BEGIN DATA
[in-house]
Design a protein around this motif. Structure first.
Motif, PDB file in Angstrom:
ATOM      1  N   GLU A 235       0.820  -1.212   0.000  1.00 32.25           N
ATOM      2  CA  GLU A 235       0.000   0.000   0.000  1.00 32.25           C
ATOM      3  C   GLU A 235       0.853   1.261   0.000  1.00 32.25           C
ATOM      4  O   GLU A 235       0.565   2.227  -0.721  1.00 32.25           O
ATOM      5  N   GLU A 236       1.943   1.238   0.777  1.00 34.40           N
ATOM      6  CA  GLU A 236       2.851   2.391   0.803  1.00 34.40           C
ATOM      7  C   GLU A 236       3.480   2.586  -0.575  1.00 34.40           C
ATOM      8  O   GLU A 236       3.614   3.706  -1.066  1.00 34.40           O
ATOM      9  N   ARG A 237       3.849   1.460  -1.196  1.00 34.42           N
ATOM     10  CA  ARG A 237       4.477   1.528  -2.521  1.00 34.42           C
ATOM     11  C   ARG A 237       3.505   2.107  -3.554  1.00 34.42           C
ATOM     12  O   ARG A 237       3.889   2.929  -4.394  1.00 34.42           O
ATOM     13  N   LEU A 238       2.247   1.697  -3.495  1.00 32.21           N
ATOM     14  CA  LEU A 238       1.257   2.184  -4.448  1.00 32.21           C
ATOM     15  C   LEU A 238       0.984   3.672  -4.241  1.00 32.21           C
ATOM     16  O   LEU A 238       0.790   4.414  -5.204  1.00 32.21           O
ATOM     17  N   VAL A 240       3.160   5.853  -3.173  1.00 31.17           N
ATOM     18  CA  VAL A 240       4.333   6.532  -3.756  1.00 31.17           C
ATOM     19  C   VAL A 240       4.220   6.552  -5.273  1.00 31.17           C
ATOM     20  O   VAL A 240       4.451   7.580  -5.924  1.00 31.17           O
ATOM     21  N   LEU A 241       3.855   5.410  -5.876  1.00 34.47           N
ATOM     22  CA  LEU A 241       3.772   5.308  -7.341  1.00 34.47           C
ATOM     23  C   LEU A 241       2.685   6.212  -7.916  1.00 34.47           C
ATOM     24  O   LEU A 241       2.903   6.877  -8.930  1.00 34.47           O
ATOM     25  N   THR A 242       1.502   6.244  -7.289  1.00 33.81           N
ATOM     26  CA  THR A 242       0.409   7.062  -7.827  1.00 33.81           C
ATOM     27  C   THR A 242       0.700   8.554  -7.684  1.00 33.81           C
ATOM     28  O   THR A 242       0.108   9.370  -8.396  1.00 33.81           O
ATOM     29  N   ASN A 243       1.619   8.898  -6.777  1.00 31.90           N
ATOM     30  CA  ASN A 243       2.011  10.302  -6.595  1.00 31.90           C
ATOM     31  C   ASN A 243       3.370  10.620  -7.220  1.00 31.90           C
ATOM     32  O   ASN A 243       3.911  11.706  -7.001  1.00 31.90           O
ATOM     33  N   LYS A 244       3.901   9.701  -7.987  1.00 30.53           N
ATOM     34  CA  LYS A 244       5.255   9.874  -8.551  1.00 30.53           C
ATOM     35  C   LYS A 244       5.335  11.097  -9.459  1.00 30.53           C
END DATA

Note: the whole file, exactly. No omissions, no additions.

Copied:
[in-house]
Design a protein around this motif. Structure first.
Motif, PDB file in Angstrom:
ATOM      1  N   GLU A 235       0.820  -1.212   0.000  1.00 32.25           N
ATOM      2  CA  GLU A 235       0.000   0.000   0.000  1.00 32.25           C
ATOM      3  C   GLU A 235       0.853   1.261   0.000  1.00 32.25           C
ATOM      4  O   GLU A 235       0.565   2.227  -0.721  1.00 32.25           O
ATOM      5  N   GLU A 236       1.943   1.238   0.777  1.00 34.40           N
ATOM      6  CA  GLU A 236       2.851   2.391   0.803  1.00 34.40           C
ATOM      7  C   GLU A 236       3.480   2.586  -0.575  1.00 34.40           C
ATOM      8  O   GLU A 236       3.614   3.706  -1.066  1.00 34.40           O
ATOM      9  N   ARG A 237       3.849   1.460  -1.196  1.00 34.42           N
ATOM     10  CA  ARG A 237       4.477   1.528  -2.521  1.00 34.42           C
ATOM     11  C   ARG A 237       3.505   2.107  -3.554  1.00 34.42           C
ATOM     12  O   ARG A 237       3.889   2.929  -4.394  1.00 34.42           O
ATOM     13  N   LEU A 238       2.247   1.697  -3.495  1.00 32.21           N
ATOM     14  CA  LEU A 238       1.257   2.184  -4.448  1.00 32.21           C
ATOM     15  C   LEU A 238       0.984   3.672  -4.241  1.00 32.21           C
ATOM     16  O   LEU A 238       0.790   4.414  -5.204  1.00 32.21           O
ATOM     17  N   VAL A 240       3.160   5.853  -3.173  1.00 31.17           N
ATOM     18  CA  VAL A 240       4.333   6.532  -3.756  1.00 31.17           C
ATOM     19  C   VAL A 240       4.220   6.552  -5.273  1.00 31.17           C
ATOM     20  O   VAL A 240       4.451   7.580  -5.924  1.00 31.17           O
ATOM     21  N   LEU A 241       3.855   5.410  -5.876  1.00 34.47           N
ATOM     22  CA  LEU A 241       3.772   5.308  -7.341  1.00 34.47           C
ATOM     23  C   LEU A 241       2.685   6.212  -7.916  1.00 34.47           C
ATOM     24  O   LEU A 241       2.903   6.877  -8.930  1.00 34.47           O
ATOM     25  N   THR A 242       1.502   6.244  -7.289  1.00 33.81           N
ATOM     26  CA  THR A 242       0.409   7.062  -7.827  1.00 33.81           C
ATOM     27  C   THR A 242       0.700   8.554  -7.684  1.00 33.81           C
ATOM     28  O   THR A 242       0.108   9.370  -8.396  1.00 33.81           O
ATOM     29  N   ASN A 243       1.619   8.898  -6.777  1.00 31.90           N
ATOM     30  CA  ASN A 243       2.011  10.302  -6.595  1.00 31.90           C
ATOM     31  C   ASN A 243       3.370  10.620  -7.220  1.00 31.90           C
ATOM     32  O   ASN A 243       3.911  11.706  -7.001  1.00 31.90           O
ATOM     33  N   LYS A 244       3.901   9.701  -7.987  1.00 30.53           N
ATOM     34  CA  LYS A 244       5.255   9.874  -8.551  1.00 30.53           C
ATOM     35  C   LYS A 244       5.335  11.097  -9.459  1.00 30.53           C